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Album Review: Sideways by the Batrays

By Grace Bell

An ocean view is often championed as the ultimate awe-inspiring image, however the landscape of the Southwest is an under-recognized rival to the title. The endless stretch of desert begs for adventure much in the same way that open water does. It is why there should be no surprise that Santa Fe, New Mexico is the birthplace of the incredible Surf Rock album Sideways by the Batrays. 

The current Batrays lineup succeeding the album release.

At the time of recording the album, the Batrays consisted of Milly Taylor as the vocalist and guitarist, Nich Quintero on lead guitar, Annie Garcia Campos on bass, and Taylor Penner-Ash on drums. This album takes the listener to a salty -- or dusty --  dive bar full of music and energy. The swinging rhythm of each song implores your body to move and would be at the top of the list for a road trip playlist. 

The opening track "Lady Cowboy" lulls the listener into a rugged waltz before launching us into a frenzy of guitar, drums and powerful vocals. This song, along with the others on the album, does not indulge in flowery lyrics. They match the punch thrown by instrumentals to create a fiercely unapologetic track. The lines "When you lied to me//And said I had your heart//I never thought you’d //Leave such a nasty scar" illustrates the relatable and concise quality used to discuss the content being addressed. "Funnel of Love" exhibits a similar musical journey as it starts with the quintessential surf rock guitar before the layers of Southwestern music and Punk descend upon the listener. The components of uninhibited writing with raw instrumentals unite to create a complex, full bodied sound.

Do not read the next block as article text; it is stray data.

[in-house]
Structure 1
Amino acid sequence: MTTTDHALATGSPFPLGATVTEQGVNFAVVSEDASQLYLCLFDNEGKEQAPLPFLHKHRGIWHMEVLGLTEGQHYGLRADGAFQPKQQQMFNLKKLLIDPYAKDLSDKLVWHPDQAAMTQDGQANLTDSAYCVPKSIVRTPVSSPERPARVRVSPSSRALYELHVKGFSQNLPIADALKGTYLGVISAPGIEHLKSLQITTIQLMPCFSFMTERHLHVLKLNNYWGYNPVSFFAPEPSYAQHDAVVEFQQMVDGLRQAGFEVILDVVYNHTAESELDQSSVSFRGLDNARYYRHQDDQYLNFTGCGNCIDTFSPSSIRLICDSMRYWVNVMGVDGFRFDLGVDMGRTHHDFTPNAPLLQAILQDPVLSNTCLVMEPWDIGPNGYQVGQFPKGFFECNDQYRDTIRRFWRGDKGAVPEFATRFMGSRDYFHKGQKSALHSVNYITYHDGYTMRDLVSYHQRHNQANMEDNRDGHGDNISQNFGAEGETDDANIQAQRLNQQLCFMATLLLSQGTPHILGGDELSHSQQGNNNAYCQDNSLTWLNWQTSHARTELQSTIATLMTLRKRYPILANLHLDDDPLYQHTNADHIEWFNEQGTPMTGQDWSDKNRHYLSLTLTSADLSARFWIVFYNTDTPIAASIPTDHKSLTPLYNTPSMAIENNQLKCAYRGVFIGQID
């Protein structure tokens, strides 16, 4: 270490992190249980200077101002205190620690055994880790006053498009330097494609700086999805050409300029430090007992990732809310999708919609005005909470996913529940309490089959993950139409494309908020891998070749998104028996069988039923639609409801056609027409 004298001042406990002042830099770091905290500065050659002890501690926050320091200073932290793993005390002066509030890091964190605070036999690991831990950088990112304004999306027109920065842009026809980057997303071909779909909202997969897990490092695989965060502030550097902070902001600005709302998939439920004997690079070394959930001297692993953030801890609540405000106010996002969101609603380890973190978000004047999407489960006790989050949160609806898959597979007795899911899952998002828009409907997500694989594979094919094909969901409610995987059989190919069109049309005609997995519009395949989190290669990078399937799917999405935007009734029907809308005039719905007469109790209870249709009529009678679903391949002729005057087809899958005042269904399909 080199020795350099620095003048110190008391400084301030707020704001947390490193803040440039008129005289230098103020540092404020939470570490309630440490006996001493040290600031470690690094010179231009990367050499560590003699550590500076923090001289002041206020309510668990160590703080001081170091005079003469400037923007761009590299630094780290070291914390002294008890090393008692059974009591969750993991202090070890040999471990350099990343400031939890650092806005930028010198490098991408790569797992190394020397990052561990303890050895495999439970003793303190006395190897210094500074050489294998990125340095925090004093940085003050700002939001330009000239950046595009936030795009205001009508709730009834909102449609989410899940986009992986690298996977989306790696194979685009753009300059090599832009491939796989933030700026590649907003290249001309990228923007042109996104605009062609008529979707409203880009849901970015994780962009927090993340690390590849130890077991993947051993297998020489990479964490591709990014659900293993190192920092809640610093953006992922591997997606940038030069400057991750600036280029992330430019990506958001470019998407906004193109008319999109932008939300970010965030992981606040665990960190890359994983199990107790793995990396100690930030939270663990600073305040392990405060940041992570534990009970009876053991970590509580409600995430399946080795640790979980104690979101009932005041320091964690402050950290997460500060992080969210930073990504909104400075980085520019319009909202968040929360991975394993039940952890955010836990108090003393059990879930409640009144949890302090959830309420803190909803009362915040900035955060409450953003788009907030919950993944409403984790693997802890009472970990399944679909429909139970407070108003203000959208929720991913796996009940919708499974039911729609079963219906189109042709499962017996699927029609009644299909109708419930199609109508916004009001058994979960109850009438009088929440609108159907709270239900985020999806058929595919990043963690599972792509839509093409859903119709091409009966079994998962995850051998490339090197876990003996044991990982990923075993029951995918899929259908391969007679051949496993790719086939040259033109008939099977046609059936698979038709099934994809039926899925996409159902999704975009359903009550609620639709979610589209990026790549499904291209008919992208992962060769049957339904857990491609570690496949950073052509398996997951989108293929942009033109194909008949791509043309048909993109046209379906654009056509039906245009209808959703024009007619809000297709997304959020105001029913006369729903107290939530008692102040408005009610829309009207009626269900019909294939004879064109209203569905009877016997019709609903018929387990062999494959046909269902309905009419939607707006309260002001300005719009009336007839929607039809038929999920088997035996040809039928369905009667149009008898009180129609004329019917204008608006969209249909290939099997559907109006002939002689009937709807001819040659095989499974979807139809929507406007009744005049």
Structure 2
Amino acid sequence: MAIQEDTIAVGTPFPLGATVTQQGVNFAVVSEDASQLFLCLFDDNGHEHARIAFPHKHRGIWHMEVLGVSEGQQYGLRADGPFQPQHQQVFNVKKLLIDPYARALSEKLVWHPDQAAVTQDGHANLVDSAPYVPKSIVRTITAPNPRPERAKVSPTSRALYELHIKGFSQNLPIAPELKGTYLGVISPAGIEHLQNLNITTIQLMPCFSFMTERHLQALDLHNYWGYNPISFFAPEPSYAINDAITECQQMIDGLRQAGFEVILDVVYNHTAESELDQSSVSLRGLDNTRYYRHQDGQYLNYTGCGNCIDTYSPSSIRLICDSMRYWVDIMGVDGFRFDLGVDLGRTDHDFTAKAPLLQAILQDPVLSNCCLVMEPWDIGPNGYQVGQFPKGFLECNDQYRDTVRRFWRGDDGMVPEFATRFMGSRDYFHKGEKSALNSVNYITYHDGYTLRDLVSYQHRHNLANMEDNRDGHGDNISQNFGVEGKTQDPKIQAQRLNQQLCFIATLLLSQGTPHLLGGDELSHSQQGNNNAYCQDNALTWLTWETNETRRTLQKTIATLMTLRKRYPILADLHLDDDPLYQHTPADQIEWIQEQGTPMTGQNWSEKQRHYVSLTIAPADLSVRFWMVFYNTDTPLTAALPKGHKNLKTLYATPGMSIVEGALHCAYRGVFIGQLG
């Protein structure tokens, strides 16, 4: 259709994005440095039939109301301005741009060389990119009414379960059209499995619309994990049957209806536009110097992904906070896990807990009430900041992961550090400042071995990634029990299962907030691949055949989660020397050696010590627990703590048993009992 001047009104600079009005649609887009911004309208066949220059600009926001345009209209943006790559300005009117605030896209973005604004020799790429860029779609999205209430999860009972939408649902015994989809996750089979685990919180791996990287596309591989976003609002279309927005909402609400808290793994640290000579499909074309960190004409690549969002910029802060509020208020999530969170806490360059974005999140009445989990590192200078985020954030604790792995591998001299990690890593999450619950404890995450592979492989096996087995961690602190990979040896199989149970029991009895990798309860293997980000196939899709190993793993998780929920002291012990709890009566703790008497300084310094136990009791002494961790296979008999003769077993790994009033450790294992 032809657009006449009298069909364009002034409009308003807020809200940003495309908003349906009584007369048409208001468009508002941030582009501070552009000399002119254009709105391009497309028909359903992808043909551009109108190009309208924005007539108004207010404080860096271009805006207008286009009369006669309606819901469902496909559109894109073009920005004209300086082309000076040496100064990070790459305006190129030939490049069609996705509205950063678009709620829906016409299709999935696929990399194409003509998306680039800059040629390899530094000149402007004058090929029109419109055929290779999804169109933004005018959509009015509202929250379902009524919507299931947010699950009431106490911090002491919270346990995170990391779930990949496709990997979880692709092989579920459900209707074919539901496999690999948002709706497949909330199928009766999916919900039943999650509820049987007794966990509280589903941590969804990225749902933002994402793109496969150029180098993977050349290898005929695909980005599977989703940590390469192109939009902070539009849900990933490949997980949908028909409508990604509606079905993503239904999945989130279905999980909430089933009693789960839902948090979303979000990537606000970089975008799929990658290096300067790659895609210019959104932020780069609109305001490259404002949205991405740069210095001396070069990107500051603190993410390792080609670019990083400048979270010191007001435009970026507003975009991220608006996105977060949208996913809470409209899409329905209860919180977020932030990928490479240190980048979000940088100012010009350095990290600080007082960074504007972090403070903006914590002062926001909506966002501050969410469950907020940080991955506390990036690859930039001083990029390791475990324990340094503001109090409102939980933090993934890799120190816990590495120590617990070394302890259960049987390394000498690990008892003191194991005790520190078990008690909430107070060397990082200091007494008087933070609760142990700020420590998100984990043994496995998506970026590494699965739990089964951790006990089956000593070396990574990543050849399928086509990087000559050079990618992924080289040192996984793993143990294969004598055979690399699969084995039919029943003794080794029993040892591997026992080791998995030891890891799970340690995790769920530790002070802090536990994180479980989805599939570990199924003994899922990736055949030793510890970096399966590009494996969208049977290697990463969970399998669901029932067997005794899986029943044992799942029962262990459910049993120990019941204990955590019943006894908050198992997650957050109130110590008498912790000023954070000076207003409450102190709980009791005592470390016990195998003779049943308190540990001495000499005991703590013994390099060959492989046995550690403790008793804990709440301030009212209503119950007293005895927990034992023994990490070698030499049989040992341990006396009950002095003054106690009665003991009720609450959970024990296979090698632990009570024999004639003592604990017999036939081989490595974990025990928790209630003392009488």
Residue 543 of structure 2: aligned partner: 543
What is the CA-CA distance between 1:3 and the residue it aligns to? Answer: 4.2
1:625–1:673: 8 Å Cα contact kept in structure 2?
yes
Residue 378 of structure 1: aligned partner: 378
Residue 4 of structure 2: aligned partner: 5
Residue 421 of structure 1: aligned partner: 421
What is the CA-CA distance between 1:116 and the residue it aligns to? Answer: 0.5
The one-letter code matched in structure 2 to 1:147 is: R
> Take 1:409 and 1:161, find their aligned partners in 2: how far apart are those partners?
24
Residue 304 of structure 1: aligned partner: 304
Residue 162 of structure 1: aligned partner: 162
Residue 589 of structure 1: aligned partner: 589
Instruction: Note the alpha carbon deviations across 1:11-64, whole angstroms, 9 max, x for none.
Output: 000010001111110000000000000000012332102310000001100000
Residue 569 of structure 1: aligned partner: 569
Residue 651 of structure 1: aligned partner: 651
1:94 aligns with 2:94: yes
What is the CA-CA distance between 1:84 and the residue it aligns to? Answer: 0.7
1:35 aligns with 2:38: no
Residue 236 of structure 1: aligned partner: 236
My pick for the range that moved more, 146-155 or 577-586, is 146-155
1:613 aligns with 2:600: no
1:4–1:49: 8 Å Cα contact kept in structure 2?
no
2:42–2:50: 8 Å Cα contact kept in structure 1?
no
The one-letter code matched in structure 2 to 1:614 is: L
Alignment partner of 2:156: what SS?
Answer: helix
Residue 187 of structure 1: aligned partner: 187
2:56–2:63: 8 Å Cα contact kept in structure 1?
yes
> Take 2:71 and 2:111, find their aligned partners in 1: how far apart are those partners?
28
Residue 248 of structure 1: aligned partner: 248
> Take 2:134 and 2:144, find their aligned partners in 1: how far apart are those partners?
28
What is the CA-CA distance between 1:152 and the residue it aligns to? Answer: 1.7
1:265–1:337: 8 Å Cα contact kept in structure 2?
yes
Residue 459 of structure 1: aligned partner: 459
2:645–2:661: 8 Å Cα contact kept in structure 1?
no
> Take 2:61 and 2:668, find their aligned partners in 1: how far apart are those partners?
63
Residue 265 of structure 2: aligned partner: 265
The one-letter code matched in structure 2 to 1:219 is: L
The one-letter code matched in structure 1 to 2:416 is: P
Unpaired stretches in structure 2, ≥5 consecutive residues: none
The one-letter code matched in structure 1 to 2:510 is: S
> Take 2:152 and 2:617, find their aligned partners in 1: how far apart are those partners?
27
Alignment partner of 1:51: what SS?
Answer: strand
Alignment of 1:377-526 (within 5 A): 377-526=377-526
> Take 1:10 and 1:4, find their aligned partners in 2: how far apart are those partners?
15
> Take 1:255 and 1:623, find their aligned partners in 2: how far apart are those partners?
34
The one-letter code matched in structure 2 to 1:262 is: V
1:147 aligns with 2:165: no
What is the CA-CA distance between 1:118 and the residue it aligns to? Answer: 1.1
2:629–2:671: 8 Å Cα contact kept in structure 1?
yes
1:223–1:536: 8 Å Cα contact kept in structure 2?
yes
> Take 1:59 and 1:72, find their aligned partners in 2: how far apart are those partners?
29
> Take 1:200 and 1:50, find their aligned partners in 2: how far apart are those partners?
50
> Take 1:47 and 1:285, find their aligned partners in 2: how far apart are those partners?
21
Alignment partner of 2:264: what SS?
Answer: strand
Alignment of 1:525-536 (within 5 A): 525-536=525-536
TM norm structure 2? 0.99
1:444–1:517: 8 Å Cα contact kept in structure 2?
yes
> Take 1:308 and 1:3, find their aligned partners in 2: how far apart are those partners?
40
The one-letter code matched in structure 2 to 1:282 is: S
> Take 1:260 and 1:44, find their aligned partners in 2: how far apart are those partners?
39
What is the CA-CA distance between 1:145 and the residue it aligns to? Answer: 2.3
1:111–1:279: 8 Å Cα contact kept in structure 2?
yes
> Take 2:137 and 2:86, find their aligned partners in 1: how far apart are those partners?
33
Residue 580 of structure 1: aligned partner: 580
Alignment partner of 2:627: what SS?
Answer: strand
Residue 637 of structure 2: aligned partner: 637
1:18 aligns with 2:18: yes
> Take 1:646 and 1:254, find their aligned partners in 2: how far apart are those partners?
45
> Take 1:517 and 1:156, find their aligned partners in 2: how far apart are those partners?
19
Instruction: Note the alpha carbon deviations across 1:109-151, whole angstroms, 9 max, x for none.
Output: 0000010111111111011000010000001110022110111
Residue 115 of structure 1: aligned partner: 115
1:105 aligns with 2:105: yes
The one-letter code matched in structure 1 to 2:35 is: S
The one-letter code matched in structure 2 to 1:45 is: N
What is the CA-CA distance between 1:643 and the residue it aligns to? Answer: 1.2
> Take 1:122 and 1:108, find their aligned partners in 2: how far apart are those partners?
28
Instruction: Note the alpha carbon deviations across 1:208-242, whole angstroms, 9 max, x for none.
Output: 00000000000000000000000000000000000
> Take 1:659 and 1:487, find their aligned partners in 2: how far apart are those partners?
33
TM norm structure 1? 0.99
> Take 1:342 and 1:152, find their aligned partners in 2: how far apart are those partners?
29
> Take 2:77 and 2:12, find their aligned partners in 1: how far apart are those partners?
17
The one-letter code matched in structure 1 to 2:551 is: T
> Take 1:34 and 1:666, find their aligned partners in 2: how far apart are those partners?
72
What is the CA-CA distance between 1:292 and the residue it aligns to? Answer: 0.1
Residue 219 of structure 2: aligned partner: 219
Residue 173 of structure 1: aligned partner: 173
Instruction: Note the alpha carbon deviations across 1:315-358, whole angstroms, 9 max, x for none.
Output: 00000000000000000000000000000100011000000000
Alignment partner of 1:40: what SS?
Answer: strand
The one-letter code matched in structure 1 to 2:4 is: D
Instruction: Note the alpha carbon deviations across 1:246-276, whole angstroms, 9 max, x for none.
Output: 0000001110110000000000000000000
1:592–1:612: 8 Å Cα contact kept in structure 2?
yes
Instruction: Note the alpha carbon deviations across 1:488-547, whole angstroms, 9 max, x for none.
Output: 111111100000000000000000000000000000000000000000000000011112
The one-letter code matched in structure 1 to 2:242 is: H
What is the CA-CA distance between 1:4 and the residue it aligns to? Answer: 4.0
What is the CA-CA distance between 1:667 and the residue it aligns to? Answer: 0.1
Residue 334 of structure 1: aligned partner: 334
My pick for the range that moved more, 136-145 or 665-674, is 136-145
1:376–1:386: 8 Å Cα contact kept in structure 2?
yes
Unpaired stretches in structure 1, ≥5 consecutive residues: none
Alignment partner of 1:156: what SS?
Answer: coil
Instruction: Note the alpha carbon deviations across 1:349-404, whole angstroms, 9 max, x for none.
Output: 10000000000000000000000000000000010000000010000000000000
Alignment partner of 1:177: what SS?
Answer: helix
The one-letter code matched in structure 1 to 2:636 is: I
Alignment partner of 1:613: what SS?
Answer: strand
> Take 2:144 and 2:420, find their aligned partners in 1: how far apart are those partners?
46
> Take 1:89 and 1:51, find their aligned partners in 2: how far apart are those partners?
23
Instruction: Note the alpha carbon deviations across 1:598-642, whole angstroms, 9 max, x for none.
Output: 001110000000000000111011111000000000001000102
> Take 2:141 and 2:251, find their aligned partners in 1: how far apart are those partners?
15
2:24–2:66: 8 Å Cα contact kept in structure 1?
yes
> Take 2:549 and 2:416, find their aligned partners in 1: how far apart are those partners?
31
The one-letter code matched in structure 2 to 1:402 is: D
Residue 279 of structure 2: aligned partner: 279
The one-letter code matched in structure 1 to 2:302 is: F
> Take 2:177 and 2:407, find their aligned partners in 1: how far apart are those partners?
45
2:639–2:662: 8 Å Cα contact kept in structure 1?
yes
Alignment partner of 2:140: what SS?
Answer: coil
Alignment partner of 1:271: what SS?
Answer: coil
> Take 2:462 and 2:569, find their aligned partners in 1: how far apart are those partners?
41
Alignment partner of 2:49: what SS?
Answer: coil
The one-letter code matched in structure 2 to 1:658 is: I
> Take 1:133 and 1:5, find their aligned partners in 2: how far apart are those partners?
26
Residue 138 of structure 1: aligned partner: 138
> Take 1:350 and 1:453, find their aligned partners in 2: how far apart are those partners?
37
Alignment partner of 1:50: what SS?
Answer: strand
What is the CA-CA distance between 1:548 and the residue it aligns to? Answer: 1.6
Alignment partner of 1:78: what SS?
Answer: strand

The title track, "Sideways," wastes no time embracing an easily identifiable rock rhythm and harmony. It embodies the nostalgia that the album curates despite its newness. Sideways was released in 2022, but its use of archetypal sounds create the feeling that you've known this album for forever. Once again, the band makes use of stripped down lyrics to communicate the content of the song. While we can see more poetic imagery with the line "Follow her till I get her with those golden tears of mine," the song does not wallow in sentimentality. The narration captures a relationship and a woman that remains a mystery while allowing insight into their dynamic. This balance of intimacy and lightheartedness encourages listeners to find joy in relating to the narrative of the song. 

"Heart over Head" is another fantastic example of the layered complexity that commands the album. It follows the pattern of serenading listeners before powering into a screaming climax. It contains my favorite lyrics of the album, "Like a monkey at a zoo//I’ve fallen for a baboon//I’ll wait for you//Eternally." The hint of humor in this track makes it all the more endearing by putting a twist on the time old tale of forbidden love.

The Batray's BandCamp says it best: "We Big, we bad, and we Bats riding surfboards down the Rio Grande." If you're a fan of the Aquadolls or Sinners, the Batrays are a must listen. All three offer a new take on the Surf Rock genre, and the Batray's do so with a western twang that grounds the music in its birthplace. They are a powerhouse of music that begs to be seen live, but if you can’t make it to a show you can find them on Spotify, BandCamp and Amazon Music. We can’t wait to hear what comes next from the Batrays.

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